COMBINING THE SENSES
How does the brain combine inputs from the different sensory modalities? We have studied this question using behavioural methods, EEG and brain imaging.
One of our main behavioural findings is that spatial and motion congruency (same hemifield; same motion direction) is a crucial factor when dynamic signals from the auditory and visual modality are combined: integration is most effective (closest to linear summation) when the signals are co-localised and move in the same direction (H+D+); when they are inconsistent in motion direction or location, an independent-decisions model accounts best for the data (Meyer et al, 2005).
In many instances, auditory and visual inputs carry not only information about motion direction or location, but also semantic information. A good example is lip reading, where both the auditory and visual signals carry semantic information, namely speech. Another example is biological motion, often studied with a point-light walker; the human brain is good at extracting body motions from reduced visual and auditory signals (e.g. a small set of moving dots). The question is how sensitive our brain is to semantic incongruencies between the auditory and visual modality. To investigate the semantic selectivity of these integration mechanisms, we used three different categories of stimuli: speech (SP), body actions (BM) and random patterns (SCR).
When we measured brain activity for these bimodal stimuli (either matched or non-matched) we identified an extensive brain network involved in auditory-visual integration, including the pSTS, IFG, IPL, SMA and the interior insula, and premotor areas (Meyer et al, 2011). However, the effect of semantic incongruency (mismatch between meaningful stimuli, i.e. speech and body motion) primarily modulates the pSTS and frontal areas, but not premotor areas. Our findings are consistent with the hypothesis that pSTS and frontal areas form a recognition network that combines sensory categorical representations (in pSTS) with action hypothesis generation in inferior frontal gyrus/premotor areas. We argue that the same neural networks process speech and body actions.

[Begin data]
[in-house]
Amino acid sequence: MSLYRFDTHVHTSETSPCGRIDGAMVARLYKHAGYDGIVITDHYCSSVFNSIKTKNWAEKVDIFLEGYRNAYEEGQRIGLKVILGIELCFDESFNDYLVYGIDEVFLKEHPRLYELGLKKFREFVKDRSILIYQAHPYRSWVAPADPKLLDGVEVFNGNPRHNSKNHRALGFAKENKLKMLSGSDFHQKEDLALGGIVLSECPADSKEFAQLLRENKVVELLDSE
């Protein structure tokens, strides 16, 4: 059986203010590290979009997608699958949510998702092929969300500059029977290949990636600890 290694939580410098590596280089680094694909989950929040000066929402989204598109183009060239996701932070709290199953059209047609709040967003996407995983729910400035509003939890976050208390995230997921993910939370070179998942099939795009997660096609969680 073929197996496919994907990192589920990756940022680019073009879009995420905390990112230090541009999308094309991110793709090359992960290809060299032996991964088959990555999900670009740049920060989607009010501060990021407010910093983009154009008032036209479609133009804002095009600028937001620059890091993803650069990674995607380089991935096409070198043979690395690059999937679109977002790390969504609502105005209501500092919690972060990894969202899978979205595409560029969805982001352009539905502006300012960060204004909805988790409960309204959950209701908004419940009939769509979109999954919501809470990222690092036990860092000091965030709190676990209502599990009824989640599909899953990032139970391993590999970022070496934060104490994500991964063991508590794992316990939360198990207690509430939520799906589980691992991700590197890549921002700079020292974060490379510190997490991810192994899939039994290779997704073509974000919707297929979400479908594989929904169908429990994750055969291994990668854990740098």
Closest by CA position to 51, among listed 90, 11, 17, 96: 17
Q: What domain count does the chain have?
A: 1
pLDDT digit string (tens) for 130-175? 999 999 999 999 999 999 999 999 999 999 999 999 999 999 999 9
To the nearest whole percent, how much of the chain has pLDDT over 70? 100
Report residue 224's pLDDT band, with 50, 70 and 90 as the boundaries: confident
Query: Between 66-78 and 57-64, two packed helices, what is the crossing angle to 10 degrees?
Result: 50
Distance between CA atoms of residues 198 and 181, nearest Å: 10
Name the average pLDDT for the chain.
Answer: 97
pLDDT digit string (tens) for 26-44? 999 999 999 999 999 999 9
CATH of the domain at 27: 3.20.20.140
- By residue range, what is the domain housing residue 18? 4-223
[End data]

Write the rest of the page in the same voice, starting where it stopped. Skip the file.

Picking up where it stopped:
In addition to semantic and spatial congruency, temporal alignment is an important heuristic for sensory integration and whether the input from different senses is perceived a single event. The perceived simultaneity of auditory and visual events depends to some extent on the intensities of the unimodal stimuli. This is partly due to different processing speeds in the auditory and visual system. We have shown that the intensity-dependence of perceived synchrony is explained by early intensity-dependent processing latencies of the unimodal signals (Horsfall et al, 2020a). Furthermore, perceived synchronicty is plastic and can be altered by training; we have shown that this perceptual training is specific for the intensity of the stimuli and does not generalise across intensities (Horsfall et al. 2020b).
Smelling Sensations: interactions between odours and other senses
Olfaction is ingrained in the fabric of our daily life and
constitutes an integral part of our perceptual reality. We investigated
crossmodal correspondences between ten olfactory stimuli and other
modalities (angularity of shapes, smoothness of texture, pleasantness,
pitch, colours, musical genres and emotional dimensions. Robust associations
were found for most pairings, apart from musical genres (Ward et al, 2020a).
Applications for Virtual Reality applications will be explored with odour
stimulation as a tool to enhance immersiveness (Ward et al, 2020b).
Georg Meyer, University of Liverpool